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Germany and Indonesia agree to strengthen defence ties; South-East Asia giants also make similar deal with Australia

Tan KW
Publish date: Tue, 06 Jun 2023, 10:48 PM
Tan KW
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JAKARTA, June 6 : Germany and Indonesia agreed on Monday to strengthen their defence cooperation and plan a joint military exercise with other countries in the region.

German Defence Minister Boris Pistorius discussed the growing ties in a meeting with his Indonesian counterpart, Prabowo Subianto, in Jakarta.

"We talked about the possibility of having a deal about some submarines. We were talking about the two minesweepers which are already on the way to Indonesia,” Pistorius said.

Germany and Indonesia are also planning a joint military exercise with other regional partners, but no details have been disclosed.

Both ministers attended the Shangri-La Dialogue in Singapore, Asia’s annual defence and security forum, where US. Defense Secretary Lloyd Austin on Saturday criticised China's "bullying or coercion” in the Indo-Pacific region, including tensions over Taiwan and the South China Sea.

Pistorius on Sunday said Germany is committed to contributing to peace and security in the region.

"And we are ready to strengthen our engagement in the years to come,” Pistorius said.

Subianto said at the forum on Saturday that the security situation in the Indo-Pacific, especially in East Asia, is dominated by tensions resulting from the rise of China as a major power in a world which has long been led by the United States.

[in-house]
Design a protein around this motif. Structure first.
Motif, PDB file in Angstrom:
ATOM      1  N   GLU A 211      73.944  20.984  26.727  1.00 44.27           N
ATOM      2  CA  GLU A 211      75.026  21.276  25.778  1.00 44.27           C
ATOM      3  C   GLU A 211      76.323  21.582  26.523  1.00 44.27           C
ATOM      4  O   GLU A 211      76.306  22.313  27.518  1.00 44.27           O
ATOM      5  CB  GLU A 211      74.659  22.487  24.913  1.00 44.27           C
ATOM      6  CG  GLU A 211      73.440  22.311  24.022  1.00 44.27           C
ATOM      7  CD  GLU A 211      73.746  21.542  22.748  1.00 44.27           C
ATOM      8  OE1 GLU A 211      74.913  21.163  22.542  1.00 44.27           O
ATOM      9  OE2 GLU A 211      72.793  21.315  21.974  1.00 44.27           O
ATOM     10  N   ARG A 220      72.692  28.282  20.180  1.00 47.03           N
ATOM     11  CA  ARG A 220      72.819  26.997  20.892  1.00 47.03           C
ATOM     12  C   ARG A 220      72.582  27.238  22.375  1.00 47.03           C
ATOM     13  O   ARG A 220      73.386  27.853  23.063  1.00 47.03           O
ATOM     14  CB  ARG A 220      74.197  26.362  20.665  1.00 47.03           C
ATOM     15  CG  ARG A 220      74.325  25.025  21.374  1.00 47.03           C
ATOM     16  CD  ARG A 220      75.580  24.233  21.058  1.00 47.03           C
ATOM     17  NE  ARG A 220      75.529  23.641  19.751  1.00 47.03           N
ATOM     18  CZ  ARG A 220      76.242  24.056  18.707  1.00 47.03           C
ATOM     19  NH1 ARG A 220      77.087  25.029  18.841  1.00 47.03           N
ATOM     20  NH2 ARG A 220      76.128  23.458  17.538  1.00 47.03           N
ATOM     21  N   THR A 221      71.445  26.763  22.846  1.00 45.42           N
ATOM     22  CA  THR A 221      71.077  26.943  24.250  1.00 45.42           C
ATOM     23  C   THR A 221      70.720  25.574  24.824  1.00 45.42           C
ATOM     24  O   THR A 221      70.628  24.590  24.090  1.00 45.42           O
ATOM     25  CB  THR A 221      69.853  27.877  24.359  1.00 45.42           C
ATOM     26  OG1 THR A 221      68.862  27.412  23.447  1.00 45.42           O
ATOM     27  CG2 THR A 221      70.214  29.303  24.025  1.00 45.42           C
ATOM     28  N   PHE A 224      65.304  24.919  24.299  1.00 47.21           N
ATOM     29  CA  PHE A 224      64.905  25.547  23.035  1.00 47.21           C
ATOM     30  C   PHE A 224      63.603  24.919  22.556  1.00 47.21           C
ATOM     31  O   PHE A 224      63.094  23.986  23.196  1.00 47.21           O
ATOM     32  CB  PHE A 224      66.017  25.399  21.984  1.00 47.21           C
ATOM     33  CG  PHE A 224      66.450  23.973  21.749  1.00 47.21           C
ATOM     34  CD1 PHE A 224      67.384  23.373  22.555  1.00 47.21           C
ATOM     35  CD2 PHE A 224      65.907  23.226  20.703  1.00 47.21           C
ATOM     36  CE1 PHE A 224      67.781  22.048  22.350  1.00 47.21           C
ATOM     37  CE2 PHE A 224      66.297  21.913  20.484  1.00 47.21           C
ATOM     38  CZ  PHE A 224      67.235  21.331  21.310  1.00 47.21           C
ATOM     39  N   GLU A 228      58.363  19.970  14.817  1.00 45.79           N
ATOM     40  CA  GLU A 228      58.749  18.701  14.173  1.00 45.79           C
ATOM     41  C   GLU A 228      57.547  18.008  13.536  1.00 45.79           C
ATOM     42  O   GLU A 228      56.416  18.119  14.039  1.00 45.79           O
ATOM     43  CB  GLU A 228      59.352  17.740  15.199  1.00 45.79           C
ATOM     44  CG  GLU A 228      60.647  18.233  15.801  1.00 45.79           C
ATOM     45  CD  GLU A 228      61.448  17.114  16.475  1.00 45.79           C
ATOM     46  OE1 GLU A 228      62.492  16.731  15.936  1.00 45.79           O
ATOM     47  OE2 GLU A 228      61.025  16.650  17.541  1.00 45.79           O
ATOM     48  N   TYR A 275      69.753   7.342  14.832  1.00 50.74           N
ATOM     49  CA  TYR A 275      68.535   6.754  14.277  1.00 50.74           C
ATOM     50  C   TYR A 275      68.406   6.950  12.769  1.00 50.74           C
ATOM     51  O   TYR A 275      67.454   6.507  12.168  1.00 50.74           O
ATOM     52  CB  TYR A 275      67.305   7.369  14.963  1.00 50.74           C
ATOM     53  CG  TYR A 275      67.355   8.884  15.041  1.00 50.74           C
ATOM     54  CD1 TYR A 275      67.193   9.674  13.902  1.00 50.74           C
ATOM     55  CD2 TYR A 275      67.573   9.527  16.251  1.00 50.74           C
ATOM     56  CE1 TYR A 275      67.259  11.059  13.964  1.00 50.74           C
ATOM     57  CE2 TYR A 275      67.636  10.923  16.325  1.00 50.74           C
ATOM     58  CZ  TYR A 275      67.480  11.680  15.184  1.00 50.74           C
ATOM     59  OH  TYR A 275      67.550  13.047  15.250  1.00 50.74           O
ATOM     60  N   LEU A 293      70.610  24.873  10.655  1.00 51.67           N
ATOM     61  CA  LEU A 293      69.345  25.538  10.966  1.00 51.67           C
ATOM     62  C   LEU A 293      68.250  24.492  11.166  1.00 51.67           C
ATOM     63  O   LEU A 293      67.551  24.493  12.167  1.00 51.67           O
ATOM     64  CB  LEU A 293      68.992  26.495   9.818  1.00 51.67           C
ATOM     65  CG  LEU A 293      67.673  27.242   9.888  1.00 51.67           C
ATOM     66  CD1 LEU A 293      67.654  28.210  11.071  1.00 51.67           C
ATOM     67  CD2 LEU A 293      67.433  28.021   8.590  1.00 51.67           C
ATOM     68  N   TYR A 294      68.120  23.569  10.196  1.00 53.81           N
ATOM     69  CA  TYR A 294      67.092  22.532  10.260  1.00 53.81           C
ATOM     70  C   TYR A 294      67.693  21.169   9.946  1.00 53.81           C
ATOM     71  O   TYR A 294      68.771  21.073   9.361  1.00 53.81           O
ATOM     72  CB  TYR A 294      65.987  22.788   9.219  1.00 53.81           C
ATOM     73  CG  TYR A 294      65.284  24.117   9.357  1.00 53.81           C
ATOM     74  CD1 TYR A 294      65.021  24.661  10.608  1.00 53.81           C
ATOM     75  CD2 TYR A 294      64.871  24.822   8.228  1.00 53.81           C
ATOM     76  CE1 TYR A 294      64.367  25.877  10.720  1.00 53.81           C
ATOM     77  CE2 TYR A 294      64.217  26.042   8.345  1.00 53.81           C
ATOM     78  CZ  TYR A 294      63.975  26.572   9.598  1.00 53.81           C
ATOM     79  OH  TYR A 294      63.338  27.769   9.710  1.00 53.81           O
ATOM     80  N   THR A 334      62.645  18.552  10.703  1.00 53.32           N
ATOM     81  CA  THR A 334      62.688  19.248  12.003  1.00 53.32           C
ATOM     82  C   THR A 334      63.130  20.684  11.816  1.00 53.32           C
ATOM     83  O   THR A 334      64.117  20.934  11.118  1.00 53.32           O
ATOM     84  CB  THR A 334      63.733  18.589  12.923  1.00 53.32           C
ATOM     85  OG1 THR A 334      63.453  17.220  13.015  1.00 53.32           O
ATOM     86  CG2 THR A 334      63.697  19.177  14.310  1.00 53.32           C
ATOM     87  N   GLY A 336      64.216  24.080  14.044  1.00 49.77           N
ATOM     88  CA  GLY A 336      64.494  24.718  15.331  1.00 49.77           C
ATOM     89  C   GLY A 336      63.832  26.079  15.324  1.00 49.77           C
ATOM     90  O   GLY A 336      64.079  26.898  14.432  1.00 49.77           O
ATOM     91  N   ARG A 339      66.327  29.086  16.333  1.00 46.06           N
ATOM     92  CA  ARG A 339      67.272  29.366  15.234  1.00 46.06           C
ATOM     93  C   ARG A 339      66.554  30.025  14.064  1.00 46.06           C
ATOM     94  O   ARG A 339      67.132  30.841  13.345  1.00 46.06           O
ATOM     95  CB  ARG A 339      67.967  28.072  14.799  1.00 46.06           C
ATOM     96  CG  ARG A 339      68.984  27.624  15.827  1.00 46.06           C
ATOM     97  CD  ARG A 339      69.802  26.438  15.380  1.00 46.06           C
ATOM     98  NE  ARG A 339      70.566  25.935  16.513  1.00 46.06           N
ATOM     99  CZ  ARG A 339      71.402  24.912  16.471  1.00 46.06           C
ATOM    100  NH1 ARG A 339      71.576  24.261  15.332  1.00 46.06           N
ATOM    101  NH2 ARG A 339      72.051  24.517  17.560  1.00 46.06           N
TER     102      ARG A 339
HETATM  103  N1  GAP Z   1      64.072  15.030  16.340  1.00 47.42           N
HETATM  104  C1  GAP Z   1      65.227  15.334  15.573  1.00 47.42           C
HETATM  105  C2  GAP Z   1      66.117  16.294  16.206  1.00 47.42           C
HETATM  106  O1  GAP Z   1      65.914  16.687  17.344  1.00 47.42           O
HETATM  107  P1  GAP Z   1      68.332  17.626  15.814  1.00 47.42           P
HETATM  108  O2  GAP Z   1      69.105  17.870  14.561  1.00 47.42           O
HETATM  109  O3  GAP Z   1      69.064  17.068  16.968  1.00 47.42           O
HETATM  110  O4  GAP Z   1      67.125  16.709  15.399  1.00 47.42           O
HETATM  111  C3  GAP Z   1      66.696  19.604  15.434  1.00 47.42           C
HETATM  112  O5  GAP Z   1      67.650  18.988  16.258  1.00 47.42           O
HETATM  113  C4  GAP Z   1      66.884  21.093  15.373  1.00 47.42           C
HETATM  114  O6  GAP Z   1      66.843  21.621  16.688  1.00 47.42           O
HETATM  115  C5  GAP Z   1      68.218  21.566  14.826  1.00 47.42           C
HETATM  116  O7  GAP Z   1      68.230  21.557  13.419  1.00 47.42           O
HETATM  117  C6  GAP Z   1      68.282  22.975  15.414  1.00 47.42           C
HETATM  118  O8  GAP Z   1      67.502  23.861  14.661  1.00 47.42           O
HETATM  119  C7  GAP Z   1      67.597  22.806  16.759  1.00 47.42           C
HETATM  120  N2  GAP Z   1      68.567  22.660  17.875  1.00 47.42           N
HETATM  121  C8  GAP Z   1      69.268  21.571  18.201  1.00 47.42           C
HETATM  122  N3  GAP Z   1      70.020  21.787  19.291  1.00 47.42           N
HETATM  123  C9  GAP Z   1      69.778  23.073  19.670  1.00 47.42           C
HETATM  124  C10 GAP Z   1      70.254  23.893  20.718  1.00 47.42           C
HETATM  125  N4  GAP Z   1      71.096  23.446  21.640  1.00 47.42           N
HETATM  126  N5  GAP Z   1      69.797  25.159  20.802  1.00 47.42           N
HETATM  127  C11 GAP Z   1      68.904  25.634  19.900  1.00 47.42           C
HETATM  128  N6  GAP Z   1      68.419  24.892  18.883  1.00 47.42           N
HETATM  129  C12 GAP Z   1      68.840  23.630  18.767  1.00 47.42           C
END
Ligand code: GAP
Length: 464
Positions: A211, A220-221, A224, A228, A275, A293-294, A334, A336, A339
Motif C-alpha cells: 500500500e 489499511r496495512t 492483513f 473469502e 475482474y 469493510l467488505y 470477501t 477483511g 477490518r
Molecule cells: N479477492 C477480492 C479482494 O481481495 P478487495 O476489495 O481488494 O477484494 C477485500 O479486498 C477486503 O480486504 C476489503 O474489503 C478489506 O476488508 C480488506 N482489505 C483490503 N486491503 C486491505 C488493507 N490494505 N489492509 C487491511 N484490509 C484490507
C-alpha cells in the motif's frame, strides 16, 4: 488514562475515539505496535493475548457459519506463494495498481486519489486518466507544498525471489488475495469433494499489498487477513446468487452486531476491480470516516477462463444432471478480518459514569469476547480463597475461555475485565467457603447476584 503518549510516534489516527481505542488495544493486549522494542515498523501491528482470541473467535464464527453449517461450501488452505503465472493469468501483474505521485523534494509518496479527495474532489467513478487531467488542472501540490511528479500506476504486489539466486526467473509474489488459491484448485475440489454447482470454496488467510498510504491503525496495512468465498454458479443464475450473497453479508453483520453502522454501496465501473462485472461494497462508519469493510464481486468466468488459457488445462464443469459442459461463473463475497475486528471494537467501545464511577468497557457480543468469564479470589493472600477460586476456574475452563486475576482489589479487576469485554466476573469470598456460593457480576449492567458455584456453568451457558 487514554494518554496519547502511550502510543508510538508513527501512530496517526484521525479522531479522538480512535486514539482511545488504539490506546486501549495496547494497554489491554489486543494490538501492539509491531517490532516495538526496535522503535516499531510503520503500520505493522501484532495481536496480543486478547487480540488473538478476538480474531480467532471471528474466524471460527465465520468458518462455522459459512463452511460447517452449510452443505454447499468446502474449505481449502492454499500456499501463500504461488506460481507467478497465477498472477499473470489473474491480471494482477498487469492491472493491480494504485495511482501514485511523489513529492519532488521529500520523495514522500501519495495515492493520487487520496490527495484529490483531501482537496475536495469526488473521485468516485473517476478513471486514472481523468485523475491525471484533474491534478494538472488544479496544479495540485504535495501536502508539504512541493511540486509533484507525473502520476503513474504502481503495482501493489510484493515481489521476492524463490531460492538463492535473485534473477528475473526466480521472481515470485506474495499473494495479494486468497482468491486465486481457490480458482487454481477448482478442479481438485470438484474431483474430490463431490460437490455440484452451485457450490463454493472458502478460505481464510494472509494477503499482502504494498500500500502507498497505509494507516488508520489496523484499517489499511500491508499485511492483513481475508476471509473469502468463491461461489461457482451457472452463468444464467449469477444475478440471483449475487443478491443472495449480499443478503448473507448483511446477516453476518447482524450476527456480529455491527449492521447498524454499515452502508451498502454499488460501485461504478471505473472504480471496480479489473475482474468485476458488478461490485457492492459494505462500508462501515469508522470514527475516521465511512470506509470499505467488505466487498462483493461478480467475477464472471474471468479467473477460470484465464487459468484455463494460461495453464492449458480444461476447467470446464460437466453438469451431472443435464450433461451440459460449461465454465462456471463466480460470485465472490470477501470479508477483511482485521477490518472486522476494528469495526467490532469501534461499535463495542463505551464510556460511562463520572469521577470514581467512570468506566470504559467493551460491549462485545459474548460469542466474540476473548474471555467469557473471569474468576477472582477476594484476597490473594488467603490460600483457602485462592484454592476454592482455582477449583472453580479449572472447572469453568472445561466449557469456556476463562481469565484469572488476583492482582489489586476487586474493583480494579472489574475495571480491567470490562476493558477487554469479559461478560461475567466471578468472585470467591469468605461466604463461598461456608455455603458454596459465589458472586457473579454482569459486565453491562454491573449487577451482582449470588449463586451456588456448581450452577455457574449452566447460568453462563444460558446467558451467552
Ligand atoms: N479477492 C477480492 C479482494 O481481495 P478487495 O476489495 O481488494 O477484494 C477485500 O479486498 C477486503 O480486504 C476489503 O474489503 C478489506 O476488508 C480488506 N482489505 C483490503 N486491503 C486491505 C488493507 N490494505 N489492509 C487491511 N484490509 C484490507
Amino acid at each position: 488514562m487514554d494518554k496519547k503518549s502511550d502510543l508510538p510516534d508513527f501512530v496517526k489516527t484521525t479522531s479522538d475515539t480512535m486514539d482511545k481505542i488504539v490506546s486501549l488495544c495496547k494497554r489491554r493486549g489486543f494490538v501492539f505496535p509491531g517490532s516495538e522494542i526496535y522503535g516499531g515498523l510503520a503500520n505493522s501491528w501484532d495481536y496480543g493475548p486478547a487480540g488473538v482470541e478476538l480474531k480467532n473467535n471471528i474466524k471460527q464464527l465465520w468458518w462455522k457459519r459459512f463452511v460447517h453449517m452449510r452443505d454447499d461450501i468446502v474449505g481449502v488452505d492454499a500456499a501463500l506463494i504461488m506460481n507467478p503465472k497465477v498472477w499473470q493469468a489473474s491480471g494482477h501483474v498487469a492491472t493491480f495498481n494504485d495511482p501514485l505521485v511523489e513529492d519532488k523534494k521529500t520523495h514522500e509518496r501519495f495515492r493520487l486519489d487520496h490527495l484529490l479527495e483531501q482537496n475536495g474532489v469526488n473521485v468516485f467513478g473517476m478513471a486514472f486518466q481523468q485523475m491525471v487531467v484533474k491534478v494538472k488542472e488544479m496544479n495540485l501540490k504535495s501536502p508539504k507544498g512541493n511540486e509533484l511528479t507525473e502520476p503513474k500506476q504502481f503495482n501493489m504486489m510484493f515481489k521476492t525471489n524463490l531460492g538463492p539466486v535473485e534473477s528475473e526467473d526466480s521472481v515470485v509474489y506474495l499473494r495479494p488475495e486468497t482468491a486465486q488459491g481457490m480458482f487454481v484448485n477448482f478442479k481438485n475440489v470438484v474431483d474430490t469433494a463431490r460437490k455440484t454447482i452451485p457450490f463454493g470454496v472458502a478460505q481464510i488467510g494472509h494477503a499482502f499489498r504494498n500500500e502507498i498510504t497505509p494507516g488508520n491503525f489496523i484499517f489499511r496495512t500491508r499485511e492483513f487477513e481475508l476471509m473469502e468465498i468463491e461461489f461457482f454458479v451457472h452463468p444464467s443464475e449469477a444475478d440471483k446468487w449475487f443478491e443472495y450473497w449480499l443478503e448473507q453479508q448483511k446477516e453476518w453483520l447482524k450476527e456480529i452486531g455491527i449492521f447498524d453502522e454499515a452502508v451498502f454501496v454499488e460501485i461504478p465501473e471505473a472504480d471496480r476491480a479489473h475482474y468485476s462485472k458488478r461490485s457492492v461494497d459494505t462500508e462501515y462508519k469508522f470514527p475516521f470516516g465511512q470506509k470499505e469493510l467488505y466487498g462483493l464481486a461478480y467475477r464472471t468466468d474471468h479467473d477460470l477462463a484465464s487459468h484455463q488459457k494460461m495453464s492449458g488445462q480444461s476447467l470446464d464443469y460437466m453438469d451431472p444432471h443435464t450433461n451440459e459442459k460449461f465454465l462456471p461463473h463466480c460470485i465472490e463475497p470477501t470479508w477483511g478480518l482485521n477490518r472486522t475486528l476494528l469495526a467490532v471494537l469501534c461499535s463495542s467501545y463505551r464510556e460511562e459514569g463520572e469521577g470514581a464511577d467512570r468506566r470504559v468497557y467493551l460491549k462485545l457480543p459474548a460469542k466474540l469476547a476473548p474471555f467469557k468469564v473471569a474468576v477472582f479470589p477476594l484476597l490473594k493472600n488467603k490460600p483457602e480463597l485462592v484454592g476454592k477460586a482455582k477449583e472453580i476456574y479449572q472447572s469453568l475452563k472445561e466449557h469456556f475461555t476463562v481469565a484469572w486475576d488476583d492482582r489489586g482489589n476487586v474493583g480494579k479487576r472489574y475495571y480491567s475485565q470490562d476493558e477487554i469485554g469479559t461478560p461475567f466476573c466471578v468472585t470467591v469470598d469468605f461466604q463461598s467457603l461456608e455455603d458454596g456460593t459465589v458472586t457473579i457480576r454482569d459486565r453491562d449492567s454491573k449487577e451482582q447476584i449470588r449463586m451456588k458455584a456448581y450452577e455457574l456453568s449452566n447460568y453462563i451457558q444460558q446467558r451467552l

"History teaches us when a rising great power meets a preeminent global power, tensions do arise and the historical record shows many of these conflicts result in open conflict, kinetic conflict. However, this rivalry, some have suggested, has turned into a new Cold War. It is being called the Second Cold War,” Subianto said.

Chinese Defence Minister Gen. Li Shangfu said at the conference that the US has been "deceiving and exploiting” Asia-Pacific nations to advance its own self interests to preserve "its dominant position.”

Meanwhile, Australian Defense Minister Richard Marles met his Indonesian counterpart on Monday to deepen security ties amid China’s increasingly assertive activity in the Indo-Pacific region.

Subianto said he and Marles discussed ways to facilitate cooperation between their militaries.

"Cooperation between Indonesia and Australia can make an important contribution to regional peace and stability,” Subianto said, adding that the two governments agreed to further strengthen their security ties, including joint military training in Australia and the education of Indonesian cadets at Australian academies.

Military exchanges between the two neighbors have previously included counterterrorism and border protection.

Marles declined to make any comment to the media after meeting with Subianto. He vowed in a statement released by the Australian Embassy in Jakarta ahead of the talks to deepen defense engagement with Australia’s closest major neighbour.

"I look forward to progressing our comprehensive strategic partnership during my visit to Jakarta,” Marles said in the statement.

Although Indonesia, a vast archipelago nation of more than 270 million people, is often presented as one of Australia’s most important neighbors and strategic allies, the relationship has undergone various ups and downs.

Recent disagreements include allegations of wiretapping by the Australian Signals Directorate in 2013 to monitor the private phone calls of then Indonesian President Susilo Bambang Yudhoyono, his wife and other senior officials; Indonesia’s use of capital punishment on Australian drug smugglers; and cases of people smuggling.

 - AP

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